book reviews\(\def\hfill{\hskip 5em}\def\hfil{\hskip 3em}\def\eqno#1{\hfil {#1}}\)

Journal logoBIOLOGICAL
CRYSTALLOGRAPHY
ISSN: 1399-0047

Protein Crystallography – A Concise Guide. By Eaton E. Lattman and Patrick J. Loll. Baltimore, Maryland, USA: John Hopkins University Press, 2008. Pp. 136. Price (hardback) US$ 70. ISBN 9780801888069.

aZoologisches Institut - Strukturbiologie, Zentrum fuer Biochemie und Molekularbiologie, Christian-Albrechts-Universität zu Kiel, Am Botanischen Garten 1-9, 24118 Kiel, Germany
*Correspondence e-mail: axel.scheidig@strubio.uni-kiel.de

Keywords: book review.

X-ray crystallography is one of the most important tools for the determination of structures of biological macromolecules. The structural model provides a wealth of information on the atomic scale. Knowledge of structures is one pre-requisite for a detailed understanding of the function of enzymes and the process of molecular recognition.

In recent years, structure determination has become easier and easier because of significant technical improvements related to protein production, purification, crystallization, data collection, phasing and refinement. Nevertheless, the steps from data collection via phasing to refinement especially require a profound knowledge of the underlying physical and mathematical principles in order to be performed correctly. There are numerous text books available which are specialized on one or more of these topics and which provide a profound and detailed insight. However, since these books make extensive use of mathematical derivations they are not well suited for those who are seeking a fast and comprehensive overview of structure determination by X-ray diffraction on single crystals. There is a huge community in the field of biochemistry which deals with protein structures and would like to know how they are determined and how their reliability can be evaluated. There are students who are uncertain whether structural biology is a field they would be able to cope with. There are scientists who want to know how the different terms which are frequently used in publications presenting new protein structures are defined. All these people don't want to read long text books dedicated to near experts.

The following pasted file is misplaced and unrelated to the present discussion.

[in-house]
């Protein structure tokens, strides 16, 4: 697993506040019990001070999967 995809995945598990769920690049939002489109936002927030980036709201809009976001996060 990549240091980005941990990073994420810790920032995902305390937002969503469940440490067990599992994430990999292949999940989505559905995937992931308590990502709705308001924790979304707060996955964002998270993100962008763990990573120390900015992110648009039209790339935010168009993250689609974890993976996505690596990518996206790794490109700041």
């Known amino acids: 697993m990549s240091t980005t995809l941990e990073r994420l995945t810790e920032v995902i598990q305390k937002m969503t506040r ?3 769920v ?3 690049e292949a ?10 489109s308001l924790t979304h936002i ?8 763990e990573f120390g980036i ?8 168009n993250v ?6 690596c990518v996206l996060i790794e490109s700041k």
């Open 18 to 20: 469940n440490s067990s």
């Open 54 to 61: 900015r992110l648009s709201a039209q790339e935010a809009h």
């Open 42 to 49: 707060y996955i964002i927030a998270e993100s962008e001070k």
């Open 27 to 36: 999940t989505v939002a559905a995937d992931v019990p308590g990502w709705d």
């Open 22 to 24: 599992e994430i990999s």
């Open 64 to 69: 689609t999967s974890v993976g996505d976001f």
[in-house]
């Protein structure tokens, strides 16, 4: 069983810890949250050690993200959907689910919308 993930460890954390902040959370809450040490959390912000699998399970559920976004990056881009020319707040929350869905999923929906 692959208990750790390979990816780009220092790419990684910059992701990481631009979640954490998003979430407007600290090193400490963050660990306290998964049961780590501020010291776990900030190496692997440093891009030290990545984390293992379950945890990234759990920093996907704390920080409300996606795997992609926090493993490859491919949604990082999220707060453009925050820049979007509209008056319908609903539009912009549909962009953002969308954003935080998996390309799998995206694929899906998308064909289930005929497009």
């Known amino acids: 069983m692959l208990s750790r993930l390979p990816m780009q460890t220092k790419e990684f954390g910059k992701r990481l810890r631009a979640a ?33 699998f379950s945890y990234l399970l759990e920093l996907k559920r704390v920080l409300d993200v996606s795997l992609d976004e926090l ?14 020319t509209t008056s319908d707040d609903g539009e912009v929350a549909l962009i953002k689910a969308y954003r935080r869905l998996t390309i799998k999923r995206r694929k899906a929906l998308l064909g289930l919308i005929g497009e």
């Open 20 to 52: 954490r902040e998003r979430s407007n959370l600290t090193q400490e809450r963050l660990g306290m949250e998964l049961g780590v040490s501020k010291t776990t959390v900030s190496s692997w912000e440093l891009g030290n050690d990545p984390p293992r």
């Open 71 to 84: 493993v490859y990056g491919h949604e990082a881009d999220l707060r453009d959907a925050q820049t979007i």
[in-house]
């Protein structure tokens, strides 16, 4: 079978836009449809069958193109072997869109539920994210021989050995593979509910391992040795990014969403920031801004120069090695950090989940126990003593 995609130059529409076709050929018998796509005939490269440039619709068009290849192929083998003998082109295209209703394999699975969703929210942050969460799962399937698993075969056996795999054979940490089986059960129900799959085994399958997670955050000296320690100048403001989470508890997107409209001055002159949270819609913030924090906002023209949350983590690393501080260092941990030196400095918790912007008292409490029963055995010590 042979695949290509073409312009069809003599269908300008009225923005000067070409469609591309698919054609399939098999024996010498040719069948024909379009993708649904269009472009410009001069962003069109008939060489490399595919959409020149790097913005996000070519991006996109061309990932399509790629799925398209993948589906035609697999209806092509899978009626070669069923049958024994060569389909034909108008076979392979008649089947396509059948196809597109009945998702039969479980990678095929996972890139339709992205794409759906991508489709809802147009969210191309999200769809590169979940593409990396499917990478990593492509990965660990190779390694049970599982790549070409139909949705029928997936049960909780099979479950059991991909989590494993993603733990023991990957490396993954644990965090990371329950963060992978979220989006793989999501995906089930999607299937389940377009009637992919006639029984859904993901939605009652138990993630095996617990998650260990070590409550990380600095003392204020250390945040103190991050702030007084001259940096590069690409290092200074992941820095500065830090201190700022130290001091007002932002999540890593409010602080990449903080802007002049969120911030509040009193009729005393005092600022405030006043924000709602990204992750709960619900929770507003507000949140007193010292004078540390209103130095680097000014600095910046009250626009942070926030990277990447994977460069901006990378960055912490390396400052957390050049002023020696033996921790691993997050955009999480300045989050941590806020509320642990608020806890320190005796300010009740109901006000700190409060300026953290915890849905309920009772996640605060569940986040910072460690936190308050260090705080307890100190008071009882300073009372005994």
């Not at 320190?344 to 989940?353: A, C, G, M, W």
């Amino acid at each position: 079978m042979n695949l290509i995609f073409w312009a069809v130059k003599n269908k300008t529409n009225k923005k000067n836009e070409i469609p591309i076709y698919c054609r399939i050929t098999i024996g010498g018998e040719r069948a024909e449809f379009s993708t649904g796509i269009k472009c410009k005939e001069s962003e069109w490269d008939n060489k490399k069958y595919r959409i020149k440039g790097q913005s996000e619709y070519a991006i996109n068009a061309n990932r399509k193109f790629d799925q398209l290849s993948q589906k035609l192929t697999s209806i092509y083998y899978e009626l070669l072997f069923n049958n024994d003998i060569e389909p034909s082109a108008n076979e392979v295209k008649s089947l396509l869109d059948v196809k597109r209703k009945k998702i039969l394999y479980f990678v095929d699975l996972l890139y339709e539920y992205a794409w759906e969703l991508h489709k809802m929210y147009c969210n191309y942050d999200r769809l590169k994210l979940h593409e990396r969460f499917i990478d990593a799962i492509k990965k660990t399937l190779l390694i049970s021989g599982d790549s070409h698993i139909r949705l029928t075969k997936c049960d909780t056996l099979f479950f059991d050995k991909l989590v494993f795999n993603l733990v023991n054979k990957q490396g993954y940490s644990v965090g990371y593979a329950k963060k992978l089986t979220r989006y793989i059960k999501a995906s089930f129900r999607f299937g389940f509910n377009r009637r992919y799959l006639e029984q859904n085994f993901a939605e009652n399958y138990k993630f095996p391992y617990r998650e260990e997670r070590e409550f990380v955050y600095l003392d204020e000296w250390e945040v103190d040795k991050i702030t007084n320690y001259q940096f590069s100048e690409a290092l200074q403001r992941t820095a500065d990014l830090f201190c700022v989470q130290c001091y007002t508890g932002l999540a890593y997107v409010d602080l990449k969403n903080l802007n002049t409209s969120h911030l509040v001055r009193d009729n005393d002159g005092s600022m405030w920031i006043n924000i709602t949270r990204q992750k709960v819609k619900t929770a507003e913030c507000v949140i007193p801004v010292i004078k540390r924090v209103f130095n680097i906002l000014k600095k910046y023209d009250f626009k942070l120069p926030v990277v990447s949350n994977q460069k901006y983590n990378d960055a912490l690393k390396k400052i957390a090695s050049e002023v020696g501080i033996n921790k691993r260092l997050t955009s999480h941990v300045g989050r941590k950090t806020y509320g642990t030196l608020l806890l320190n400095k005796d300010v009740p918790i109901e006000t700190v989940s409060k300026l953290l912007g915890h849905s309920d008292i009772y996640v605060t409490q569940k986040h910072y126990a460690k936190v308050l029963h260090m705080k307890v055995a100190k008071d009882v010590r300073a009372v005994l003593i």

This is the target audience for the 136-page paperback book written by Lattman and Loll. In the Preface the authors state that they have tried to provide an introductory guide to the most important topics of protein structure determination by crystallography for those who are seeking a basic grasp of crystallography. The authors have kept the visual pictures as simple as possible to be able to transmit the physical principles without putting too much emphasis on the derivation of the mathematical equations, which frequently is the reason why the novice reader puts aside a book on crystallography. The reader does not need to have prior knowledge of the basic physical and mathematical principles related to diffraction and structure determination. The authors provide a step-by-step introduction using well chosen and simple pictures. Nevertheless, by running through the pages of the book one will realize that complex equations are needed even for a simplified presentation of protein crystallography. The chapters dealing with the Patterson function and functions associated with molecular replacement give a brief feeling to the `newbie' of what one might be faced with if one wants to get more deeply involved in protein crystallography.